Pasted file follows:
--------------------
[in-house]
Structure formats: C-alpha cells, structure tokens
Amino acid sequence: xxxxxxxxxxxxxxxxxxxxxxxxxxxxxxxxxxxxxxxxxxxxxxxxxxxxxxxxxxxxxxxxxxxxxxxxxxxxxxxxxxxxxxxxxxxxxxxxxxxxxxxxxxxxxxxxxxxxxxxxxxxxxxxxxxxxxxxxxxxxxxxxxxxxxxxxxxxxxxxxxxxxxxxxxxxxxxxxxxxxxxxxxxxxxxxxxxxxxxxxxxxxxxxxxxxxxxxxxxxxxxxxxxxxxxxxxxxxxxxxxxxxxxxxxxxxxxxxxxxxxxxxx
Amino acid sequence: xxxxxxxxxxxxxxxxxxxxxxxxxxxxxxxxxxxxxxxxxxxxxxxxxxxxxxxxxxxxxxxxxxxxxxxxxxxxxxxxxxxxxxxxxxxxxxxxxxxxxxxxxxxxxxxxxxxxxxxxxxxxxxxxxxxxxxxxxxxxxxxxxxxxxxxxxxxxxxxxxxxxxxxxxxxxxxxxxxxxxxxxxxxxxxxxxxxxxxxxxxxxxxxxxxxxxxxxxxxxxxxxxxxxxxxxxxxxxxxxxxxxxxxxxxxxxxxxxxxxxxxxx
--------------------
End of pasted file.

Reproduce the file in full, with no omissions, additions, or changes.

[in-house]
Structure formats: C-alpha cells, structure tokens
Amino acid sequence: xxxxxxxxxxxxxxxxxxxxxxxxxxxxxxxxxxxxxxxxxxxxxxxxxxxxxxxxxxxxxxxxxxxxxxxxxxxxxxxxxxxxxxxxxxxxxxxxxxxxxxxxxxxxxxxxxxxxxxxxxxxxxxxxxxxxxxxxxxxxxxxxxxxxxxxxxxxxxxxxxxxxxxxxxxxxxxxxxxxxxxxxxxxxxxxxxxxxxxxxxxxxxxxxxxxxxxxxxxxxxxxxxxxxxxxxxxxxxxxxxxxxxxxxxxxxxxxxxxxxxxxxx
Amino acid sequence: xxxxxxxxxxxxxxxxxxxxxxxxxxxxxxxxxxxxxxxxxxxxxxxxxxxxxxxxxxxxxxxxxxxxxxxxxxxxxxxxxxxxxxxxxxxxxxxxxxxxxxxxxxxxxxxxxxxxxxxxxxxxxxxxxxxxxxxxxxxxxxxxxxxxxxxxxxxxxxxxxxxxxxxxxxxxxxxxxxxxxxxxxxxxxxxxxxxxxxxxxxxxxxxxxxxxxxxxxxxxxxxxxxxxxxxxxxxxxxxxxxxxxxxxxxxxxxxxxxxxxxxxx